And Finally…

Today is the last day in our midtown digs before we move to the fifth iteration of MVHQ. Fokker and I started in a single room at 399 Park Ave, the critters moved to a small cubby on the 10th floor of 800 Third Ave (Fish, Bill Meehan, and myself), migrated to the ninth floor (a larger space, where we spread our wings) and shuttled to the third floor, which we've now effectively grown out of.

Starting Monday, for the first time in nine years -- since those fateful downtown digs -- I'll no longer be a stone's throw from Chez Harrison. Park Avenue South here we come; the next phase of the critter craze. Thank YOU for being part of our journey; we aim to make you proud.

Good luck today.

R.P.

Position in S&P

Todd Harrison is the founder and Chief Executive Officer of Minyanville. Prior to his current role, Mr. Harrison was President and head trader at a $400 million dollar New York-based hedge fund. Todd welcomes your comments and/or feedback at todd@minyanville.com.

The information on this website solely reflects the analysis of or opinion about the performance of securities and financial markets by the writers whose articles appear on the site. The views expressed by the writers are not necessarily the views of Minyanville Media, Inc. or members of its management. Nothing contained on the website is intended to constitute a recommendation or advice addressed to an individual investor or category of investors to purchase, sell or hold any security, or to take any action with respect to the prospective movement of the securities markets or to solicit the purchase or sale of any security. Any investment decisions must be made by the reader either individually or in consultation with his or her investment professional. Minyanville writers and staff may trade or hold positions in securities that are discussed in articles appearing on the website. Writers of articles are required to disclose whether they have a position in any stock or fund discussed in an article, but are not permitted to disclose the size or direction of the position. Nothing on this website is intended to solicit business of any kind for a writer's business or fund. Minyanville management and staff as well as contributing writers will not respond to emails or other communications requesting investment advice.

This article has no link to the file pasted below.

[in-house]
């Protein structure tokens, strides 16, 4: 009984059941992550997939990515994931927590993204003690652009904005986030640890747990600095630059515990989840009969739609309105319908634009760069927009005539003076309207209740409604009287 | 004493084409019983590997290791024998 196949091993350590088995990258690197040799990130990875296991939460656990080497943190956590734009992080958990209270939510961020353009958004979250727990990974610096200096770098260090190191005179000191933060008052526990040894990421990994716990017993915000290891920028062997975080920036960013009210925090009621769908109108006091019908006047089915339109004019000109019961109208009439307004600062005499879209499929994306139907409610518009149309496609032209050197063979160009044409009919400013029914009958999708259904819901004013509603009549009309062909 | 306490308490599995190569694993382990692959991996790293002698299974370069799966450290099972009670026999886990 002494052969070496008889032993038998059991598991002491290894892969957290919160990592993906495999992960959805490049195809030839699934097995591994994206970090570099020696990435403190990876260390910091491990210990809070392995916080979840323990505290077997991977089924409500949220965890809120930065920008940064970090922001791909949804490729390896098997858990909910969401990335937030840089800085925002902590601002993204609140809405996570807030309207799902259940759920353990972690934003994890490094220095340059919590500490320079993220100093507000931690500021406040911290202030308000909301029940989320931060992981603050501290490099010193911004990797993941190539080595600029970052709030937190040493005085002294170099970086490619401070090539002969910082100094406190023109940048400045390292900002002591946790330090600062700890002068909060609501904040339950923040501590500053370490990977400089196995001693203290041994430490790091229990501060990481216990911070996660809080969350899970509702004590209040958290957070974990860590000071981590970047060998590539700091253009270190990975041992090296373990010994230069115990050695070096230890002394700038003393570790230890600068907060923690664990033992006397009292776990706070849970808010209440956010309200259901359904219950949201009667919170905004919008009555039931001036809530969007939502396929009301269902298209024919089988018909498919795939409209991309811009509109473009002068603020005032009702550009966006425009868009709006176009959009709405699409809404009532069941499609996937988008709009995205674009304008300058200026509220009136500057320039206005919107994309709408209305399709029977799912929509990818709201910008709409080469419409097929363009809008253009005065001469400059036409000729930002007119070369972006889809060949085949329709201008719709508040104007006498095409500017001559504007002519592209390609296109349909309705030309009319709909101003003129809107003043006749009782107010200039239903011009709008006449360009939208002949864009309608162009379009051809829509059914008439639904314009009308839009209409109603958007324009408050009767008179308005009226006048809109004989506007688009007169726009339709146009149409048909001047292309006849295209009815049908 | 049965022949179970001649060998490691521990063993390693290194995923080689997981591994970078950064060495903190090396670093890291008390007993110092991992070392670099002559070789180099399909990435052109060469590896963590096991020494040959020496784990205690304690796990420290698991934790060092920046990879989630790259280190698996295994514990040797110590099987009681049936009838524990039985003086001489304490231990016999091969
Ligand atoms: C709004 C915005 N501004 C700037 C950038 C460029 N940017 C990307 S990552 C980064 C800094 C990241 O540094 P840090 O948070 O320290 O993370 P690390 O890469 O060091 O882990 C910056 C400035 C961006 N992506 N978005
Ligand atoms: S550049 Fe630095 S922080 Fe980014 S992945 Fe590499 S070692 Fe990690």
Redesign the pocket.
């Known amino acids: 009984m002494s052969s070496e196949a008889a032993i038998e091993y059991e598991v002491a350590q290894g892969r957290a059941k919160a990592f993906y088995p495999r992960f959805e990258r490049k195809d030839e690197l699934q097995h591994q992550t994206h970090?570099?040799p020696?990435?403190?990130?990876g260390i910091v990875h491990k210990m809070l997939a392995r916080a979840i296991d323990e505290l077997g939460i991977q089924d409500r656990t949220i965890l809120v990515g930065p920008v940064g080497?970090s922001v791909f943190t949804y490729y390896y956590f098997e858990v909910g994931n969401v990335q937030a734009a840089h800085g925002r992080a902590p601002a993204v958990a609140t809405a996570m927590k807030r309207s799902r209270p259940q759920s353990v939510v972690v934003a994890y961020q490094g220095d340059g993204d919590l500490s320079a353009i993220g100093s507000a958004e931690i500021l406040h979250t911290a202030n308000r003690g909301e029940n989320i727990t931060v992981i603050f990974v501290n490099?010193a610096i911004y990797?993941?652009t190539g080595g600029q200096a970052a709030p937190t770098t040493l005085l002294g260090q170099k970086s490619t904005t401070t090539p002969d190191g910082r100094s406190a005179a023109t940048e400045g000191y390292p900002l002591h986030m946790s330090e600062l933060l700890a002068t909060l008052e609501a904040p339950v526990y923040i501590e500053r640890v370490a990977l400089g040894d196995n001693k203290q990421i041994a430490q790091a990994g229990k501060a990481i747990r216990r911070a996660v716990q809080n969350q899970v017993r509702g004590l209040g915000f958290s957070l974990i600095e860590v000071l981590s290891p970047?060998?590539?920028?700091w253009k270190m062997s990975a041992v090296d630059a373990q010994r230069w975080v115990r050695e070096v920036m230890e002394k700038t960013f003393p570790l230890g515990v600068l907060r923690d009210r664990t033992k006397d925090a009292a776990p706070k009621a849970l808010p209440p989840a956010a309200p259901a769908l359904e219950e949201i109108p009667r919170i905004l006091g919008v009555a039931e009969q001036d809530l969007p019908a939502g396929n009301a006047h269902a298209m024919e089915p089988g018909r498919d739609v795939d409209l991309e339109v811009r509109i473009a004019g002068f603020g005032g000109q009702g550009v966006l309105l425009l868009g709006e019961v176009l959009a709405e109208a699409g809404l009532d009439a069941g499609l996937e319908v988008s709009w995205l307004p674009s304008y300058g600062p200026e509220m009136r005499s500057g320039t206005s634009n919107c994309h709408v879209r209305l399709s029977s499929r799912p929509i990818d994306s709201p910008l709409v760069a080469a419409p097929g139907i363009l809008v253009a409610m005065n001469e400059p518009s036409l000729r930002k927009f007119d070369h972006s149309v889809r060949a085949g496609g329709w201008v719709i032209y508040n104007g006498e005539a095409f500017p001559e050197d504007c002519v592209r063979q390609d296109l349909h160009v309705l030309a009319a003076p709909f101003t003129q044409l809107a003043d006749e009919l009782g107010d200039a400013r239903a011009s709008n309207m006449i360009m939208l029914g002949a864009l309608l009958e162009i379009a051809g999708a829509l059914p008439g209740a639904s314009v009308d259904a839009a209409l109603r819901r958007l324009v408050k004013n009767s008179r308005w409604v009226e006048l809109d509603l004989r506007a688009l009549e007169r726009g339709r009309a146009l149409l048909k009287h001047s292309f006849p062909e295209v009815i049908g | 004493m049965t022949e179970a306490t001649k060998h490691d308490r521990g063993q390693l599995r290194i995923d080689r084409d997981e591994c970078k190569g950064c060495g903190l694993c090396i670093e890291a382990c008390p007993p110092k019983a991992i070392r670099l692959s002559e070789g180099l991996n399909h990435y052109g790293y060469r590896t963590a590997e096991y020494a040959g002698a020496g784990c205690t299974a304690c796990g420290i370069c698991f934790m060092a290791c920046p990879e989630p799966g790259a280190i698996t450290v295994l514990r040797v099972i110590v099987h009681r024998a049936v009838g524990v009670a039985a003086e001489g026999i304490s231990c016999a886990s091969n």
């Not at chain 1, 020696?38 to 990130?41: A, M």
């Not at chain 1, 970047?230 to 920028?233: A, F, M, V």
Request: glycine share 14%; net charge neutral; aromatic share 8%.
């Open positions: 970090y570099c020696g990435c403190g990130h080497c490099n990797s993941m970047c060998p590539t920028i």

Copyright 2011 Minyanville Media, Inc. All Rights Reserved.